Brett Westwood is joined by keen bird watcher, Stephen Moss on the magnificent rolling hills of the Long Mynd in Shropshire. With the help of wildlife sound recordist Chris Watson they offer a practical and entertaining guide to the birds which you're most likely to see and hear on the cliffs and crags of upland Britain; birds like the Raven, Peregrine and one of Brett's favourite birds, the Mountain Blackbird or Ring Ouzel; a bird he first saw in April 1971 when it stopped off migration and "I've never missed an Ouzel April since then" he says, returning to the same site every year to see this rather striking-looking bird, with its sooty black feathers and white crescent or bib.

This is the second of five programmes to help you identify many of the birds seen and heard in Upland Britain; on heather moors, upland grasslands, cliffs and crags, bogs and mires and the high mountain tops. Not only is there advice on how to recognise the birds from their appearance, but also how to identify them from their calls and songs.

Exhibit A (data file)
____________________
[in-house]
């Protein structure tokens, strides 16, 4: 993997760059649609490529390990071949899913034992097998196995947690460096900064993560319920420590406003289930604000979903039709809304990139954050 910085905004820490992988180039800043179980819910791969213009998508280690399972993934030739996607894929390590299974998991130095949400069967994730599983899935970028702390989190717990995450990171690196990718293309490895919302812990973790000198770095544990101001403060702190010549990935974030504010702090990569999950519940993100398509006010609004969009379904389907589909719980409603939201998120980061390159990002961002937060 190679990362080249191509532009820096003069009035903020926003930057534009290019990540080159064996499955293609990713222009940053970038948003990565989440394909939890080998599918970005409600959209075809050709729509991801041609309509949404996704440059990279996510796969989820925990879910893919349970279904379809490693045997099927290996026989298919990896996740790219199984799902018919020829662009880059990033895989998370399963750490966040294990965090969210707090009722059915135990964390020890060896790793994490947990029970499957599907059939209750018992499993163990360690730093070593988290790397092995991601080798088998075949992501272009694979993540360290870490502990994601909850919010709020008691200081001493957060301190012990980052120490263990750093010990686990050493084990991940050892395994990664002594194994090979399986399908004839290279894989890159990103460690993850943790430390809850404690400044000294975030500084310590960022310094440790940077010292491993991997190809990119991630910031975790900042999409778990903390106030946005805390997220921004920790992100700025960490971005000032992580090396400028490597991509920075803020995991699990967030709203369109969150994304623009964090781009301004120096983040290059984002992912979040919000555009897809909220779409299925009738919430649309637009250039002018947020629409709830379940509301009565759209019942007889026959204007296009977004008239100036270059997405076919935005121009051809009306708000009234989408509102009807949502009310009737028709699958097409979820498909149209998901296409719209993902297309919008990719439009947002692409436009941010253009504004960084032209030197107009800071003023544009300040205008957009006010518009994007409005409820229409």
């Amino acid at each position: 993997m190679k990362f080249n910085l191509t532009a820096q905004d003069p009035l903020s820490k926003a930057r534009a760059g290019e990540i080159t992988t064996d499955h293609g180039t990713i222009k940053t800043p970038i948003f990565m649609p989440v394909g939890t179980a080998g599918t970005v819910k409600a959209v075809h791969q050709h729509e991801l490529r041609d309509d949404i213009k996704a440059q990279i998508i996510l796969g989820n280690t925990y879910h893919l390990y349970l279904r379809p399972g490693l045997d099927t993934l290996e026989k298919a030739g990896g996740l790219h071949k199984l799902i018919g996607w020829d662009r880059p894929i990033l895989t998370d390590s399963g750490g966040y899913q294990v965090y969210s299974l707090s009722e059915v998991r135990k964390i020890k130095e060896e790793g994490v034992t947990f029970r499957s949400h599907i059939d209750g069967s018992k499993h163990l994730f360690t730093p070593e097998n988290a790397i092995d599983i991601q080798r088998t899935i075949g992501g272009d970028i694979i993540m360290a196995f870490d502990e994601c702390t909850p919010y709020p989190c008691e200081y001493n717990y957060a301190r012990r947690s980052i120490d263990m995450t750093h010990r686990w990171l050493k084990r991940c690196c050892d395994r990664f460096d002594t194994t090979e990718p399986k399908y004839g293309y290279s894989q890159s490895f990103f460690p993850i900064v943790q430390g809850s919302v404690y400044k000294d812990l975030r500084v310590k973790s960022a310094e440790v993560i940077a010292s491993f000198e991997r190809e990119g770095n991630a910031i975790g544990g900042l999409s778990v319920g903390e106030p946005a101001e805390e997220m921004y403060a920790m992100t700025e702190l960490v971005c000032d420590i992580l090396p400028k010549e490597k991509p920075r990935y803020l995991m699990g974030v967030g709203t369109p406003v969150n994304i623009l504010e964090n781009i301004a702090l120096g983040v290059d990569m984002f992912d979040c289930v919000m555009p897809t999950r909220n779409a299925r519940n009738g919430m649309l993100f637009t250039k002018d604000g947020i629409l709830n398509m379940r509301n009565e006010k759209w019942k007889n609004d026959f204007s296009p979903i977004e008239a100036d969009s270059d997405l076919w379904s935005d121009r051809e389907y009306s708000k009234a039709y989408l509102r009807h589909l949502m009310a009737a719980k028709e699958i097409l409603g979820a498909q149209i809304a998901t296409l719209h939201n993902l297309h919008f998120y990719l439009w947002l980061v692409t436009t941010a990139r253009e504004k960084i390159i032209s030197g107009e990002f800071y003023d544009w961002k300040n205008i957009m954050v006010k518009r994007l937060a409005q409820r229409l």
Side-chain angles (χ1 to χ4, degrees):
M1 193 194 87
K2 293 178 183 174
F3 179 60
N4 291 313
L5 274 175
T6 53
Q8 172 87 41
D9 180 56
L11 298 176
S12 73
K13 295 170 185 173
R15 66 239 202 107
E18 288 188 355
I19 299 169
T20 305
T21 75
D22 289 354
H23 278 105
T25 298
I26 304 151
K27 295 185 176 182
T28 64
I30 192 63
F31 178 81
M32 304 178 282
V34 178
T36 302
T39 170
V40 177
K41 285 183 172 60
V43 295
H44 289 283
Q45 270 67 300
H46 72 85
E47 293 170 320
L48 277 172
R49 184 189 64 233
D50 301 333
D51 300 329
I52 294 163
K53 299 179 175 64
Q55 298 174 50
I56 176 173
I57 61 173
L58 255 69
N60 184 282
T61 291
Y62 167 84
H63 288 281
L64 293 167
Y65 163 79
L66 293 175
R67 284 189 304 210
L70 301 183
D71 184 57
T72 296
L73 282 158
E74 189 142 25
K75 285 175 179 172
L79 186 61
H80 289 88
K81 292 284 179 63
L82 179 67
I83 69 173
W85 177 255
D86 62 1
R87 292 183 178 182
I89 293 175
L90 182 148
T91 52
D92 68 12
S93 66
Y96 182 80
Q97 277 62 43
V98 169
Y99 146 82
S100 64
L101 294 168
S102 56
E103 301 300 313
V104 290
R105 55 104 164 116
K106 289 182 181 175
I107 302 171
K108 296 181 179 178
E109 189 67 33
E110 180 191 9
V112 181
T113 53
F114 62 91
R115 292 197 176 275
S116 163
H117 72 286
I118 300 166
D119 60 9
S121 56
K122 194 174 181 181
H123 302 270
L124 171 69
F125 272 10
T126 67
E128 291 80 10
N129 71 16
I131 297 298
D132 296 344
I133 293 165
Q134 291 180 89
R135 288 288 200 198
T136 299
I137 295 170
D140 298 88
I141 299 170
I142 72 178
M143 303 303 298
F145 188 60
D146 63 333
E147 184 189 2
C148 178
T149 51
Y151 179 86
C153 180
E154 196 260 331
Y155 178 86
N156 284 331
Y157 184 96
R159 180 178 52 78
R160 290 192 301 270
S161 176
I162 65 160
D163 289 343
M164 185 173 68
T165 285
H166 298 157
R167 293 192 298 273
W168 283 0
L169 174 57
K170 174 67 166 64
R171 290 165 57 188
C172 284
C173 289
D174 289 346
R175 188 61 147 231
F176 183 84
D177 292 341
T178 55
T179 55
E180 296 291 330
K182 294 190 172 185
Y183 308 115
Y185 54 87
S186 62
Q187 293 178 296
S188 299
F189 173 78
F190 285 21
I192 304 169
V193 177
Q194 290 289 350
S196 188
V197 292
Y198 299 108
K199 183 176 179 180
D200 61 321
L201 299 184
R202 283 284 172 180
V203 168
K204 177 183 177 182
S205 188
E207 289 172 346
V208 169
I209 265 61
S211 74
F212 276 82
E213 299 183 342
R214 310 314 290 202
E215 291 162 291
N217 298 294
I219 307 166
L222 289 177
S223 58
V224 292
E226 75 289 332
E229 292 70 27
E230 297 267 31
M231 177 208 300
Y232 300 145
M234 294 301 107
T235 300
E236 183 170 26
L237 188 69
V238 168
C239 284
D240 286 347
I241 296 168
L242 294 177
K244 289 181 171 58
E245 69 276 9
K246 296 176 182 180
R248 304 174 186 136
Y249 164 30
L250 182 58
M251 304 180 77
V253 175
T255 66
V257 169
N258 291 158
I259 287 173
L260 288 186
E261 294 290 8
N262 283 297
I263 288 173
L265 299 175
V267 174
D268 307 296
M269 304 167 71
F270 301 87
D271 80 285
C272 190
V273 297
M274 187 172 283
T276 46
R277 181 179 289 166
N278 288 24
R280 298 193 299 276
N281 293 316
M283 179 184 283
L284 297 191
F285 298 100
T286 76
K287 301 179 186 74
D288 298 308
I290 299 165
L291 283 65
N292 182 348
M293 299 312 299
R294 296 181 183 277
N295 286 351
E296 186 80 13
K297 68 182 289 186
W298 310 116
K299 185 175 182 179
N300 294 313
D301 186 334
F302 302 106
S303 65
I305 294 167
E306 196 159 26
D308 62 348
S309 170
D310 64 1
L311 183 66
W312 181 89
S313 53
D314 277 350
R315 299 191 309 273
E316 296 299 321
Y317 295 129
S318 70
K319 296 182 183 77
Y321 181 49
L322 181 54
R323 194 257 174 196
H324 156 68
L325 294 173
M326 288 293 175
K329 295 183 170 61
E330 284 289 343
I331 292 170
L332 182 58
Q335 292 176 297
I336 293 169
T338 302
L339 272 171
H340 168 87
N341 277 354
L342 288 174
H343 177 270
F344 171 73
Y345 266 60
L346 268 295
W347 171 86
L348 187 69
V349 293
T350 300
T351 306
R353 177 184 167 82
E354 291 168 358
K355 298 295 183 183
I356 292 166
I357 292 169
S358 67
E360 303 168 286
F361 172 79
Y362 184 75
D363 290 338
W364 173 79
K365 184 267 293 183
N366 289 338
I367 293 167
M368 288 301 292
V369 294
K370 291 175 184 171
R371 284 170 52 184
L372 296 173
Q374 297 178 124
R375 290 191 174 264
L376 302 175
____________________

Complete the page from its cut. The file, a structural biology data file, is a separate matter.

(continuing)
This series complements five previous series; A Guide to Garden Birds, A Guide Woodland Birds, A Guide to Water Birds, A Guide to Coastal Birds and A Guide to Farmland Birds and is aimed at both the complete novice as well as those who are eager to learn more about our upland visitors and residents.

PRODUCER: Sarah Blunt.

03Upland Grasslands20130109

Brett Westwood is joined by keen bird watcher, Stephen Moss on the magnificent rolling hills of the Long Mynd in Shropshire as Skylarks rise up out of the heather all around them and pour out their liquid song. With the help of recordings by wildlife sound recordist Chris Watson, Brett and Stephen offer a practical and entertaining guide to the birds which you're most likely to see and hear on Britain's upland grasslands; birds like the Skylark (whose call Brett describes as sounding like "a sparrow with attitude"!), the Meadow Pipit, the Wheatear ("a bit like a light bulb against the moor" as it flies away from you), and the Curlew, whose bubbling song is so evocative of wild places.